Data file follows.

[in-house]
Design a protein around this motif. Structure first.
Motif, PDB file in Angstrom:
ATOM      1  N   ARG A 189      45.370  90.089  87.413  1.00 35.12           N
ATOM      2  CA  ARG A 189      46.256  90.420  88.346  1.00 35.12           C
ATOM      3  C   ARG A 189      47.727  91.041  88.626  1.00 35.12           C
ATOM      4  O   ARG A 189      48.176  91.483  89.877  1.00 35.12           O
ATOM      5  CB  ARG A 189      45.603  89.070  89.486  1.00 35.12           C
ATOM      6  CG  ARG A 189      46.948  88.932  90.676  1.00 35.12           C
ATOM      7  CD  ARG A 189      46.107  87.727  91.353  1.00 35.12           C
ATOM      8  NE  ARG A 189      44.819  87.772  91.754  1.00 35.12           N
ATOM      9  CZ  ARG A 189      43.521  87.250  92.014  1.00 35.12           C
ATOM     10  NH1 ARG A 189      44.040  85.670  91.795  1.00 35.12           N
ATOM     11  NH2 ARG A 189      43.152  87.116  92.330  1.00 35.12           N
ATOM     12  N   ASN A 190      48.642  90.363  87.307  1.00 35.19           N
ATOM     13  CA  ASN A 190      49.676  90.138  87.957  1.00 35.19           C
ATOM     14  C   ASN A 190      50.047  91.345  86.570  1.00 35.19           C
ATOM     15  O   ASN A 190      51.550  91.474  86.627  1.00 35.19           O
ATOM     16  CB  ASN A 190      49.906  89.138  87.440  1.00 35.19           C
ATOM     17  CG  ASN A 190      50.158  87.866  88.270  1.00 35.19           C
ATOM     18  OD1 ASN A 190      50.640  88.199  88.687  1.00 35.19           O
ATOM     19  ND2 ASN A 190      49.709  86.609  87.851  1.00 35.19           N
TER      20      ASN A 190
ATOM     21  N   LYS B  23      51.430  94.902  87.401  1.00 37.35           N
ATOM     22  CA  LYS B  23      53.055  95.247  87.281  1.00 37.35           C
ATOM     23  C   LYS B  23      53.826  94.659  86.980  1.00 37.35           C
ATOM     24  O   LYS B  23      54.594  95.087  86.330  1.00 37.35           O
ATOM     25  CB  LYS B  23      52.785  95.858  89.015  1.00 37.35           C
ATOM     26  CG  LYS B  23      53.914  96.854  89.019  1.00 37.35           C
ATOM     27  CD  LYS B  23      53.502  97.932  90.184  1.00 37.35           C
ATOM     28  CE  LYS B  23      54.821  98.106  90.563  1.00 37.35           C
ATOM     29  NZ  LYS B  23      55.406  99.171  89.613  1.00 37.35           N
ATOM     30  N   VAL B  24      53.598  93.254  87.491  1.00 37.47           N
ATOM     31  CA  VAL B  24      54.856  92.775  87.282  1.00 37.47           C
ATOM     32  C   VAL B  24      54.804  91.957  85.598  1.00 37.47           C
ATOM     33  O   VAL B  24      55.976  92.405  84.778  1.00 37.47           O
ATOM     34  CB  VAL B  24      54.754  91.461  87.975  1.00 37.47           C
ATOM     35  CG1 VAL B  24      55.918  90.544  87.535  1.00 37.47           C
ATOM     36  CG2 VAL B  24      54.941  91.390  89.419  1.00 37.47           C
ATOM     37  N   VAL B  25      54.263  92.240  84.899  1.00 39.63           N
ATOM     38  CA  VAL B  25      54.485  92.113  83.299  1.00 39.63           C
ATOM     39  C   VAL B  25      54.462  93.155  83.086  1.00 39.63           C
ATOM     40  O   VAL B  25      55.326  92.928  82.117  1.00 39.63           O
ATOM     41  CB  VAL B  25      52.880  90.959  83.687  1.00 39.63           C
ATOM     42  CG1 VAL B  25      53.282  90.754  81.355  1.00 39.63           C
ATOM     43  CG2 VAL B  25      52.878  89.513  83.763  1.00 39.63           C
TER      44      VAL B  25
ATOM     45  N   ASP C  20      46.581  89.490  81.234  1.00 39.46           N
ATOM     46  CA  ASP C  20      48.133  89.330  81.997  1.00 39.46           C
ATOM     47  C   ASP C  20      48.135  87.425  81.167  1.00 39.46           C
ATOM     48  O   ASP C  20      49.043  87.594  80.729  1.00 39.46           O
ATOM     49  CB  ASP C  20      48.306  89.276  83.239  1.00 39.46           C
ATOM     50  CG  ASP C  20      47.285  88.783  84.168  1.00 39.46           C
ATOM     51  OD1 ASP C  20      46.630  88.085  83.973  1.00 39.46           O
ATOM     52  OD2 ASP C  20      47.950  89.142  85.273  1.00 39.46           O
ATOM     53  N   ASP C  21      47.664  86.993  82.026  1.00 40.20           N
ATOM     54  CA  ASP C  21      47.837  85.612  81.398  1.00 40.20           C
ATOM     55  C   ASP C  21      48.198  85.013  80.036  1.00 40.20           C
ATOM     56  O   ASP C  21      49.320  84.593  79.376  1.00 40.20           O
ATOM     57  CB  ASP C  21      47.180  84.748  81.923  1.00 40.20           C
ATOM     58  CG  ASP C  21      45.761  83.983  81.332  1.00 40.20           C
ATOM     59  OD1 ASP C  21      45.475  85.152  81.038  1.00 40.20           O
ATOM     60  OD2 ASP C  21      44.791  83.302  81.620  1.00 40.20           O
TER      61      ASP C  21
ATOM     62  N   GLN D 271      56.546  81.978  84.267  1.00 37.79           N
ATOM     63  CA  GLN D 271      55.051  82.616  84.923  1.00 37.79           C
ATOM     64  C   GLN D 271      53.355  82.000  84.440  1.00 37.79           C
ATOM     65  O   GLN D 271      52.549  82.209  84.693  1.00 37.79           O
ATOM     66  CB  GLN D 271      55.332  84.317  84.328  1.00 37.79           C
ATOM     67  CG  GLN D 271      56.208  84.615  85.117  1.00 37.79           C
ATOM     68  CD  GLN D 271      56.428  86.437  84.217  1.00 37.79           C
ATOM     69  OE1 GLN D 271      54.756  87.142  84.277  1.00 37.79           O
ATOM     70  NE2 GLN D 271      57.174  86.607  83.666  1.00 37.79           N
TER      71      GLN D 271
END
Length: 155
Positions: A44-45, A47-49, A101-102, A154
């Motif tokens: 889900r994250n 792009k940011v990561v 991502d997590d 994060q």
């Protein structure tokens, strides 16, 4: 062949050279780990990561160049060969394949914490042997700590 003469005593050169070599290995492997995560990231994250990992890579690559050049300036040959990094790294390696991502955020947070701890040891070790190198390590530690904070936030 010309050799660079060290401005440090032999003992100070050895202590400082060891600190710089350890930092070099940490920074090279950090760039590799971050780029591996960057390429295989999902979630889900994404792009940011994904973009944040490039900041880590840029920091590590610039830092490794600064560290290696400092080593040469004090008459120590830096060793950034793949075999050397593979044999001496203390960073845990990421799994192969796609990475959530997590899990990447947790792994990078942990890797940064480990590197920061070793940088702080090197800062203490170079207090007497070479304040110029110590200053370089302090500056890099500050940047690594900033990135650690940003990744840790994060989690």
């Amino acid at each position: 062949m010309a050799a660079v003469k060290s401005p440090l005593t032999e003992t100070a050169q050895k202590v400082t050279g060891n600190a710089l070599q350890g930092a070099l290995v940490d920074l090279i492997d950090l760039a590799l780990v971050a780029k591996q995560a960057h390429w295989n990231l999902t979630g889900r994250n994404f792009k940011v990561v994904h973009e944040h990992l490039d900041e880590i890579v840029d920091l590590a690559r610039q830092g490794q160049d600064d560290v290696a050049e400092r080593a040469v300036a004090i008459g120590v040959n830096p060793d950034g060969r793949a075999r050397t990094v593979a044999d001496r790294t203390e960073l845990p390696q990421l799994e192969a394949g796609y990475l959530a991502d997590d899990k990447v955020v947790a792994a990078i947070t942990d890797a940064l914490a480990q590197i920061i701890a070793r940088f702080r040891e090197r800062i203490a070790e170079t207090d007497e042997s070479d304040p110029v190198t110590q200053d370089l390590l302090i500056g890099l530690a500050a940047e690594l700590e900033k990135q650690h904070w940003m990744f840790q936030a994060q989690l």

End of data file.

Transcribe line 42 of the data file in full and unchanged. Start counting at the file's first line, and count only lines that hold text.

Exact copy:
ATOM     39  C   VAL B  25      54.462  93.155  83.086  1.00 39.63           C